When you think of Skype, you probably don't think of it as a business tool.
It's just a communications tool used by consumers -- friends and families -- to stay in touch and avoid expensive phone calls, right?
That's not the case anymore.
Last week, Microsoft introduced Skype for Business.
This has been coming for some time. Last November, Microsoft announced that the next version of Lync would become Skype for Business, and now the preview of that updated offering is available. The Skype for Business client, Skype for Business Server, and the new service in Office 365 will begin rolling out in April.
Personally, I don't use Lync in any of my businesses, but it's a very popular offering. Indeed, Microsoft indicates that 79 percent of U.S. enterprises are currently using or planning to deploy Lync for telephony.
Smaller businesses might not be all that familiar with Lync, but Skype needs no introduction.
Over 50 billion minutes of telephone traffic flow through Skype every month. According to Microsoft, Skype handles an impressive one third of the world's long-distance telephone traffic. Video conferencing via Skype is also quite substantial, with Microsoft noting that 50 percent of Skype users now come in over video.
With the introduction of Skype for Business, Microsoft is betting that the enterprise-grade performance, security, compliance and control attributes of Lync, combined with the broad recognition and appeal of Skype will be a big boost to Microsoft's office productivity and communications market share, which has come under fire from Google and others.
Navigating Branding Issues for Skype for Business
The big question is whether IT decision makers at mid- and large-sized businesses will be eager to tell their bosses that they will be rolling out Skype, ostensibly a consumer product, across the enterprise.
Because the Skype brand is a consumer brand, not an enterprise brand, it presents marketing challenges to Microsoft. Brands with a B2C history have often had difficult making a smooth transition into B2B territory. But, Microsoft undoubtedly did considerable marketing research before making this decision, and their marketing budget will no doubt allow them to get the message out that Skype is nothing to be ashamed of within an enterprise IT environment.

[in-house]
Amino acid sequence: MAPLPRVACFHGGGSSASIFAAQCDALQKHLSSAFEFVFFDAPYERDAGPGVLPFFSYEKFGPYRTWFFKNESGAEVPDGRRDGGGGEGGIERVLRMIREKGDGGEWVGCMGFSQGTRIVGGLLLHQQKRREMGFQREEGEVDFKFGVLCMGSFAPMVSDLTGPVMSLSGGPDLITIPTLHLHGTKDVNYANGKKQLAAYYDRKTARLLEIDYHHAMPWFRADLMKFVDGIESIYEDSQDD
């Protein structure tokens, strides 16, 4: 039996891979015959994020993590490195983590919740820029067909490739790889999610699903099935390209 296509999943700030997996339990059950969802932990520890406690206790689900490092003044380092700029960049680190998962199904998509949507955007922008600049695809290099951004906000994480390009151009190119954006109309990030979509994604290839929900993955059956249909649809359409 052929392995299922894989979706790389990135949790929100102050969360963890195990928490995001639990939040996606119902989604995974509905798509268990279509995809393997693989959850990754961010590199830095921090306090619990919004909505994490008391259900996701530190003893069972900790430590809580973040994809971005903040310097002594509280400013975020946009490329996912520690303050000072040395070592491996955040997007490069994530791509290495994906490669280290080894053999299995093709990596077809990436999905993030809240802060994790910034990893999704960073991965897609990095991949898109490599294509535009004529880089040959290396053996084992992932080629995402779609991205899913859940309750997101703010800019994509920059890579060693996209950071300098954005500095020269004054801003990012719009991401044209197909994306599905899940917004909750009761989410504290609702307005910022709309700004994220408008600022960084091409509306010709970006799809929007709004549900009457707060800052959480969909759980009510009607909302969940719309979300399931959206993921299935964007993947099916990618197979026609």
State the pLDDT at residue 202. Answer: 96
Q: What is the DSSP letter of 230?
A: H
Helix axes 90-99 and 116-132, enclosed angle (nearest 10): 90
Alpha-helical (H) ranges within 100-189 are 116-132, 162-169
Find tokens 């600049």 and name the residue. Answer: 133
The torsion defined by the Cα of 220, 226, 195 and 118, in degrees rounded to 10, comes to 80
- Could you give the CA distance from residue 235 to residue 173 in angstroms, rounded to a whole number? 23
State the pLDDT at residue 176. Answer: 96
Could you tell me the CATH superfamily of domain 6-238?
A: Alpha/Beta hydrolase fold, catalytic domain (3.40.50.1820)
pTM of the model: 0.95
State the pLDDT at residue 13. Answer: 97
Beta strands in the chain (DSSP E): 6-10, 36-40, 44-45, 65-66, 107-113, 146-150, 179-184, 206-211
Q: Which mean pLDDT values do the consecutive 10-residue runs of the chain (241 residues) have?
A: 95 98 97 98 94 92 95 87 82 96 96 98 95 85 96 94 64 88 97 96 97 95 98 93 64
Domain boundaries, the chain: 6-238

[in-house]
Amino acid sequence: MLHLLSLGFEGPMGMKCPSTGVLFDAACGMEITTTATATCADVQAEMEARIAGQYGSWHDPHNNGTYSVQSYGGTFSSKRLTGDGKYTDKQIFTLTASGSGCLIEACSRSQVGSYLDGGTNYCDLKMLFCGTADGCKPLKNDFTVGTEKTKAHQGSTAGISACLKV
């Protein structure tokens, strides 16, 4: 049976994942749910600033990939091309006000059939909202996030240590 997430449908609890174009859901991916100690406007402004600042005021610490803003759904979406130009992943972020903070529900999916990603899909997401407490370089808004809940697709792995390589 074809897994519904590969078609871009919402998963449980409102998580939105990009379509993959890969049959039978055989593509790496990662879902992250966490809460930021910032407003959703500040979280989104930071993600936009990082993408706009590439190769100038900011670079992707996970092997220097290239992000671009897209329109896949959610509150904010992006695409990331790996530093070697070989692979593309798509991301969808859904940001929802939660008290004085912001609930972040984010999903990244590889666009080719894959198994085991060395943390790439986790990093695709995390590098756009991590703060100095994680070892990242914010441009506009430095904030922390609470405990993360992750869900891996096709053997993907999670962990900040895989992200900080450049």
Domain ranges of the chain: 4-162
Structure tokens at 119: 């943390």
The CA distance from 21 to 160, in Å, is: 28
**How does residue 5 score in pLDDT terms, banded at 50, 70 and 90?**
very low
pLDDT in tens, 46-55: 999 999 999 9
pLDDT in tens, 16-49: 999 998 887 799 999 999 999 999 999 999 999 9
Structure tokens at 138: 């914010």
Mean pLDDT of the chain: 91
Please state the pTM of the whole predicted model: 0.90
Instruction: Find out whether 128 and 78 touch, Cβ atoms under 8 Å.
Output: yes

On the flip side, Microsoft no doubt has wanted to get Lync more entrenched in parts of the SMB market where they don't have traction. Particularly for smaller businesses, with fewer than 100 employees, Google has captured a considerable amount of market share.
How This Battle for Market Share Is Likely to Play Out
Microsoft no doubt would love to slow down Google, and in this space, the Skype brand plays well. Small business owners know Skype and likely use it on occasion to keep long-distance phone expenses down. These business owners may be intrigued to check out Skype for Business, which will then give Microsoft the ability to showcase the broader communication and productivity features of Lync, which might give them a chance of bringing former Microsoft customers back into the Microsoft fold, as well as preventing current Microsoft customers from moving from Microsoft to Google.
Google is actually a good example of a company that made the transition from consumer branding to business branding. In fact, I count myself as a big Microsoft user in prior years that has slowly pulled the plug on Microsoft products like Outlook, and I find myself using other Google Apps for Business products more and more, at the expense of Microsoft. Google products tend to be easier to use and easier to maintain, but they are far from perfect. Google is struggling to move upstream to larger businesses, and it's undoubtedly Microsoft's hope that Skype for Business will weaken Google in areas where it already has captured significant market share.
It's also worth noting that several other players are fighting in this war for market share. Cisco, for example, currently dominates video conferencing marketing share, notes Julie Bort of BusinessInsider.com, who writes that "Microsoft hopes the [new Skype for Business] software will help it gain ground on Cisco, which is still the market leader."
There are other small point products that have considerable market traction and potential that may also be impacted as the giants do battle. NetSfere, for example, is an emerging player in secure enterprise messaging that will need to carefully navigate market challenges in upcoming months. Such companies with strong point products may end up being attractive acquisition candidates for larger firms that are pushing to make quick headway in unified communications, which finally appears to be moving beyond the hype and into the mainstream.
At the end of the day, the big winners in these feature battles are small business owners. Microsoft will be pushing to make its products less cumbersome and more intuitive, and Google will be working to make its products stronger for the business environment. Both firms will keep their products as affordable as possible to avoid losing market share simply due to price. All of this is good news for business owners and entrepreneurs, who can expect better products at a lower price over the next few years.
It's clear that Microsoft is on a mission to recapture some of the brand equity and customer base that they've lost in recent years. Their stated goal is to connect people everywhere so that they can achieve more together. In the months to come, we'll see whether their new products, including Skype for Business, are strong enough to deliver on that promise.
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